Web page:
The requirement of genetic material to have the capacity to carry all of the information needed to direct the organization and metabolic activities of the cell is achieved by the nature of DNA being made protein molecules. Proteins are sequence of amino acids determining the physical and chemical properties of DNA. A long DNA chain helps direct the synthesis of verities of protein molecules. (Hart et al, 2001).
The grooves in DNA molecule provide space for the attachment of other strands of nucleic acids and regulating proteins. (Bhagavan, 2002).
DNA with deoxyribose sugar has H at 2Î„ position which prevents OH-catalysis of phosphodiester bond at neutral pH. This stability suits critically to the function of DNA to store genetic information for long term.(Lodish, 2008). The presence of thymine with methyl group (unreactive) contributes to the stability of DNA molecule. DNA is devoid of OH-group at 2Î„ so it is prevented from the formation of cyclic phosphate ester, so the DNA is not hydrolyzed by alkali. The complementary of the helical structure serve as template to specify the base sequence of newly synthesized complementary strand. As a result in synthesis of daughter DNA molecules, it each will be precisely identical to that of the parent DNA. (Conn et al, 1076).
Ribonucleic acids (RNA)
The structure of RNA molecule differ from DNA as: RNA being single stranded unlike DNA has a much shorter chain of nucleotides than DNA; RNA contains ribose (there is hydroxyl group attached to the pentose ring in the 2′ position in RNA) instead of deoxyribose in DNA; OH-group at 2Î„ carbon in place of H in DNA; and presence of uracil in place of thymine in DNA .(Lodish, 2008).
Chemically RNA contains a ribose sugar, with carbons numbered 1′ through 5′. A base is attached to the 1′ position, generally adenine (A), cytosine (C), guanine (G) or uracil (U). Adenine and guanine are purine, cytosine and uracil are pyrimidine. A phosphate group is attached to the 3′ position of one ribose and the 5′ position of the next. . The bases form hydrogen bonds between cytosine and guanine, between adenine and uracil.
Fig.4 Chemical structure of RNA
(Chemical structure of RNA n.d)
Functions of RNA
The function of RNA is to translate genetic information stored in DAN into the amino acid sequence of protein. In RNA virus it takes up the function of DNA. Messenger rRNA carries genetic information transcribed from DNA and is used as a template for protein synthesis. Transfer RNA carrying particular amino acid participates in translation where it adds the amino acid to the terminal end of the polypeptide chain. Ribosomal RNA is major components of the ribosome where protein synthesis occurs. (Hartl, 2001).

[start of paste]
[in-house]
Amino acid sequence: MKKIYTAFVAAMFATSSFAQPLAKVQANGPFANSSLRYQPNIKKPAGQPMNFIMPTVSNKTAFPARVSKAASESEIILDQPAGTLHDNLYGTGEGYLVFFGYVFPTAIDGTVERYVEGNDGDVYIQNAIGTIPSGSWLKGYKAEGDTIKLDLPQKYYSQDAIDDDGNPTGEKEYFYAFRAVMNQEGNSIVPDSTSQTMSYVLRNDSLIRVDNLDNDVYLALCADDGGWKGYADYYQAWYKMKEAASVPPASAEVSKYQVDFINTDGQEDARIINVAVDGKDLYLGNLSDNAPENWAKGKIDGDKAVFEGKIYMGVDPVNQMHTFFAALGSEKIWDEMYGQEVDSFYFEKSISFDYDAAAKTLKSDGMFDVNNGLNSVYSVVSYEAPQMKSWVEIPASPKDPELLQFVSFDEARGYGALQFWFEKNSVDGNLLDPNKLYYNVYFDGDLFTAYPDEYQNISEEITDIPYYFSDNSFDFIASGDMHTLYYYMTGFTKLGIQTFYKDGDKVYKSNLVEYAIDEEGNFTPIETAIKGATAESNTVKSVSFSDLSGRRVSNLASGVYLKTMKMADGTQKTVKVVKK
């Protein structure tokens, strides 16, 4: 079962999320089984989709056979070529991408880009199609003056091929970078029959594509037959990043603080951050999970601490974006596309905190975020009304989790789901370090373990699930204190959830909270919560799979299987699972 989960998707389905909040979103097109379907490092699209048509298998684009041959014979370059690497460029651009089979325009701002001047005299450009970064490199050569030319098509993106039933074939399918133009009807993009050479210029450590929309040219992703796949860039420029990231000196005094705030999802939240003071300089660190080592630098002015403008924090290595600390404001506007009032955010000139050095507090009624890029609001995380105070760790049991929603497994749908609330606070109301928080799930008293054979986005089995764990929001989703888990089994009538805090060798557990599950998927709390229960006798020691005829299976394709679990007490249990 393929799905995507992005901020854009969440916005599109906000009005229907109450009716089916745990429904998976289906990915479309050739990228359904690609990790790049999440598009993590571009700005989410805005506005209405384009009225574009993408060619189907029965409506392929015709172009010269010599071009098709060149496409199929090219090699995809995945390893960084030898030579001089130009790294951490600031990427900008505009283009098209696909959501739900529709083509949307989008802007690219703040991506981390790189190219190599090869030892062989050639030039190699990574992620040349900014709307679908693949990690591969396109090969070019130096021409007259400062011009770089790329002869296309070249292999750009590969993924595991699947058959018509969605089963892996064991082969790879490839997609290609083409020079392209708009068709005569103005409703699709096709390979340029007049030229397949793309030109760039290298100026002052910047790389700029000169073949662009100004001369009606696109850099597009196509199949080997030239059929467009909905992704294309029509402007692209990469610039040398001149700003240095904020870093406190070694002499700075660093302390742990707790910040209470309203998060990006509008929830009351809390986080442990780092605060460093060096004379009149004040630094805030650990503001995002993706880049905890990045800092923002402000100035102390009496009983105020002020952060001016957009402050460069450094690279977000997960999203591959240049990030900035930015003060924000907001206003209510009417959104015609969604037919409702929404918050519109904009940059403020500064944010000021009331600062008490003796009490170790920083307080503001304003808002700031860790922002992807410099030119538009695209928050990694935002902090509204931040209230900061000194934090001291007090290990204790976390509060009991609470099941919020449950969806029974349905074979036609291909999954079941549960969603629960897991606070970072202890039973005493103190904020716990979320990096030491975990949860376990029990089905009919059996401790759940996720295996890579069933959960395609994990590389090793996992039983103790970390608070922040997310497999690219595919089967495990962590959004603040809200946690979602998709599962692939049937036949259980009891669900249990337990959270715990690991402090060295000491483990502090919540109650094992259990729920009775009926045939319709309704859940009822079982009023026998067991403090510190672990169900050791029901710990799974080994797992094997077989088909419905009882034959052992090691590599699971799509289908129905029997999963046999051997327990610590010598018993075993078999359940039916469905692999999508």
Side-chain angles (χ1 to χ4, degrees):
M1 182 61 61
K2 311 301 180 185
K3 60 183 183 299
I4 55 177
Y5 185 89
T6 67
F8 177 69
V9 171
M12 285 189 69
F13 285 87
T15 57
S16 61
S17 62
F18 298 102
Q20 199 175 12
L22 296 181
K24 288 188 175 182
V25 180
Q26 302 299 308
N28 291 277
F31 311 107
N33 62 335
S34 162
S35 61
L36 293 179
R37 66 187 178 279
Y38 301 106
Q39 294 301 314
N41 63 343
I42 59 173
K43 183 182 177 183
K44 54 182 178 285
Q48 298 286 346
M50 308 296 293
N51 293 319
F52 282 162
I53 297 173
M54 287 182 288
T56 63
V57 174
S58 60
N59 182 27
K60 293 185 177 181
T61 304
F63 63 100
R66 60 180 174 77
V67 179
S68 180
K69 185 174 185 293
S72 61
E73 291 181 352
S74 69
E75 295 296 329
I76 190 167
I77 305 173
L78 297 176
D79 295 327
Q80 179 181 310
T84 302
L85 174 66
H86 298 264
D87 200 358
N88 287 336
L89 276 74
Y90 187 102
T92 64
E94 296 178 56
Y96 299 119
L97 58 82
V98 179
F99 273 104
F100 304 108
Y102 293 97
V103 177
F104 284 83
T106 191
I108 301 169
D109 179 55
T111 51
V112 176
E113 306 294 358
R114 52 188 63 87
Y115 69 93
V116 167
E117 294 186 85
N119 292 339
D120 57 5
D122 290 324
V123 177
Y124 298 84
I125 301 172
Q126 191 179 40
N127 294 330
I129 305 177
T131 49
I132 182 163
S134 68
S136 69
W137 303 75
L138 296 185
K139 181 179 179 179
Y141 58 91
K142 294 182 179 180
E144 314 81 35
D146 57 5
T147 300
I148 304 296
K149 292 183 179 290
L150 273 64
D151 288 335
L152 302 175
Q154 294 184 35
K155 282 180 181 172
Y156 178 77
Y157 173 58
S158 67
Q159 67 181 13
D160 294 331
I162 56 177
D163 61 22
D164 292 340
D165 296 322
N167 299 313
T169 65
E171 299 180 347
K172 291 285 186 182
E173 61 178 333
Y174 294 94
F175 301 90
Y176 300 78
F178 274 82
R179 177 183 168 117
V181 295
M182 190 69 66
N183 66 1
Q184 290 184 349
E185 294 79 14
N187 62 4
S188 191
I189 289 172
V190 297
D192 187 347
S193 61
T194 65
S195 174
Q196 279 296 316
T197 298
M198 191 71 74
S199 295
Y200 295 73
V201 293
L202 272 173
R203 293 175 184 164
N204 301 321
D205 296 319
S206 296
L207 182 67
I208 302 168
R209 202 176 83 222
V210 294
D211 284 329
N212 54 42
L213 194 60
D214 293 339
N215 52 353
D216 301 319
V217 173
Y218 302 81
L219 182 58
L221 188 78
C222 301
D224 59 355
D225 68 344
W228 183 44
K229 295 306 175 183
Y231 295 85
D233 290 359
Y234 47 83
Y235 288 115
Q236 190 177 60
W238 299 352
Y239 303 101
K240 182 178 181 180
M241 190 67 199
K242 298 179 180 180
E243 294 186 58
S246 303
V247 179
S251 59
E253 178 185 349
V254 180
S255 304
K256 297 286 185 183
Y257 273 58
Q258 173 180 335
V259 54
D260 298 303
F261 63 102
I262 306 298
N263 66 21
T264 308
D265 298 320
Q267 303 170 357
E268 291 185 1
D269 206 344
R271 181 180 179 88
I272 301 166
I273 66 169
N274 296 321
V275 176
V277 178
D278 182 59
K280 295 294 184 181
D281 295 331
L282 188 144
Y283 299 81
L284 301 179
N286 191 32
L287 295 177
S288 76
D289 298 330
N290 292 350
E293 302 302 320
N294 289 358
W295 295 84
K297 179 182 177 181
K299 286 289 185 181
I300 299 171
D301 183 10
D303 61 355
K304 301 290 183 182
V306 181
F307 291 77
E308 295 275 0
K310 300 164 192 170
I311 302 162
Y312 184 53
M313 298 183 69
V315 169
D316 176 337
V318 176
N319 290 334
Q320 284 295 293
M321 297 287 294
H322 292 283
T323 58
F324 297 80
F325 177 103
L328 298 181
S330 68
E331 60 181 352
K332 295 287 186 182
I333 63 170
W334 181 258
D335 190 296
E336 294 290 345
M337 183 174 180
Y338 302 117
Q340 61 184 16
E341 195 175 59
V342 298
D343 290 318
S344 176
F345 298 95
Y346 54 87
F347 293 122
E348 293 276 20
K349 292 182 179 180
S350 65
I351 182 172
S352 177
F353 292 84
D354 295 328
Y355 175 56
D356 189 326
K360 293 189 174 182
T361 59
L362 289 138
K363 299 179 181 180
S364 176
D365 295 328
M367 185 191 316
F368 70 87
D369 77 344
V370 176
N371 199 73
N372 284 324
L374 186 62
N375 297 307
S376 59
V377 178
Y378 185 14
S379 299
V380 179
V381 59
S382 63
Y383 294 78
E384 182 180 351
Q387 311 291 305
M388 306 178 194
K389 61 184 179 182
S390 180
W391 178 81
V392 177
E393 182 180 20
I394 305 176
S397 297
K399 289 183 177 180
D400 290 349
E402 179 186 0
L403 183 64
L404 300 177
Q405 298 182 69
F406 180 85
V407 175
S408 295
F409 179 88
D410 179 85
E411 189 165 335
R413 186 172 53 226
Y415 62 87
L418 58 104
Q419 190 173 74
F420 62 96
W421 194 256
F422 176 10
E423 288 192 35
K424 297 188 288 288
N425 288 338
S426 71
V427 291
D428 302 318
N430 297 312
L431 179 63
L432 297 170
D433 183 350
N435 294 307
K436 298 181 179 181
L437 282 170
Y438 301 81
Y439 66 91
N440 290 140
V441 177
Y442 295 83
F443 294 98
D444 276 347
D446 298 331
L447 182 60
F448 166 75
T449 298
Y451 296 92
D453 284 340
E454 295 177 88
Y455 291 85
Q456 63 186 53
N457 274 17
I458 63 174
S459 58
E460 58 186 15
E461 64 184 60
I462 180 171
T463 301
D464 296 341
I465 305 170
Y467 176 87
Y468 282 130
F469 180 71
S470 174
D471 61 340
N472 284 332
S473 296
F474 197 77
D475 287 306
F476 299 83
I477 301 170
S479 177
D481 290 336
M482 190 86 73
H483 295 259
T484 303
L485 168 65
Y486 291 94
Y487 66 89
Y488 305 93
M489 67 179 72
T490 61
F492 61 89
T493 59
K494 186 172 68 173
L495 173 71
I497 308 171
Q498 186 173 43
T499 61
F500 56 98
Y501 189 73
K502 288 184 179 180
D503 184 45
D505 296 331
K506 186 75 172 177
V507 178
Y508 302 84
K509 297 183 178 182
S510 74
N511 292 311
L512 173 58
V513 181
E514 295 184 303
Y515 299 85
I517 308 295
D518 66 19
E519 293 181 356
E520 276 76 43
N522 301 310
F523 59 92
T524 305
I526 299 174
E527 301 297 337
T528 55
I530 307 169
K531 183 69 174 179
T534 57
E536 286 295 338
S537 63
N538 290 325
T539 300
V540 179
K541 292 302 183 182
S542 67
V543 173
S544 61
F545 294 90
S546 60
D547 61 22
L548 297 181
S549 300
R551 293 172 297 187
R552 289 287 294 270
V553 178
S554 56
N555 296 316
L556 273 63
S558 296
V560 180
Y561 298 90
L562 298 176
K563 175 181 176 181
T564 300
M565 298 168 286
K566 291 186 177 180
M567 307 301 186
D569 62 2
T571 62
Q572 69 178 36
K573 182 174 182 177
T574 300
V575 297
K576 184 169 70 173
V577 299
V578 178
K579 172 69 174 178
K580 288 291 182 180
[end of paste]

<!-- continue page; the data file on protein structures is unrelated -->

The flexibility of single stranded backbone permits the RNA strands to bend back on itself to allow one part of the molecule to form weak bonds with other part of the same molecule. This cause the RNA chains to fold up into specific shape that is directed by its sequence. The shape of the RNA molecule in turn may enable to recognize other molecule by binding them selectively. (Alberts et al 2008). RNA is necessary for DNA to get started replication because the DNA-polymerase cannot initiate replication on its own. The initiation is brought about by free 3Î„ hydroxyl group of segment of RNA. (Hartl et al, 2001). RNA has ribose sugar with OH-group at the 2Î„ position which makes RNA chemically labile for translation. This, also facilitated by the presence of uracil (without methyl group)
RNA is of three types:
Messenger RNA (mRNA),
Transfer RNA (tRNA) and
Ribosomal RNA (rRNA).
Messenger RNA (mRNA) structure
The DNA molecule to transfer information in it, under goes transcription and its template is called
primary transcript. In prokaryotes primary transcript acts directly as mRAN. In eukaryotes primary transcript under goes processing to become mRNA (Hartl et al, 2001). Messenger RNA are single stranded. The simplest and most common secondary structure of mRNA is formed by pairing of complementary bases within a linear sequence; the structure called “Hair-pins” and “stem loops”. This is formed by pairing of 5-10 nucleotides. Stem loop formed by pairing of bases more than 10 nucleotides. In many cases pairing follows Watson- Crick base pairs, however in some cases mismatch base pair occurs which result the base to bulge out of loop. Tertiary structure are formed by cooperative folding of simple secondary structure called “pseudoknot”. (Lodish et al, 2008)
Hair-pin (b)Stem loop (c) Pseudoknot
Fig.5 Structures of mRNA: (a) & (b) are primary and (c) is secondary structure. (Lodish et al,2008)
Functions of mRNA
Messenger RNA has 5Î„ cap which helps to bind the ribosome to begin protein synthesis. The 3Î„- terminus act as substrate for the addition of polyadenylate sequence (Hartl et al, 2001). Messenger RNA have start codon, AUG for methionine at 5Î„ that facilitates the growth of polypeptide chain from 5Î„ to 3Î„. Stop codon (UAA, UGA &UAG) is present at 3Î„ end that terminates the further protein synthesis. (Lodishet al, 2008).
Transfer RNA (tRNA) structure
Transfer RNA discovered by Zamencnik and coworker (1957) has complex structure including primary, secondary and tertiary structure (Weaver, 2002). Primary structure includes the linear sequence of bases in the RNA. The secondary structure is the base pairing of the different regions of the tRNA. Tertiary structure is the overall 3-dimensional shape of the molecule.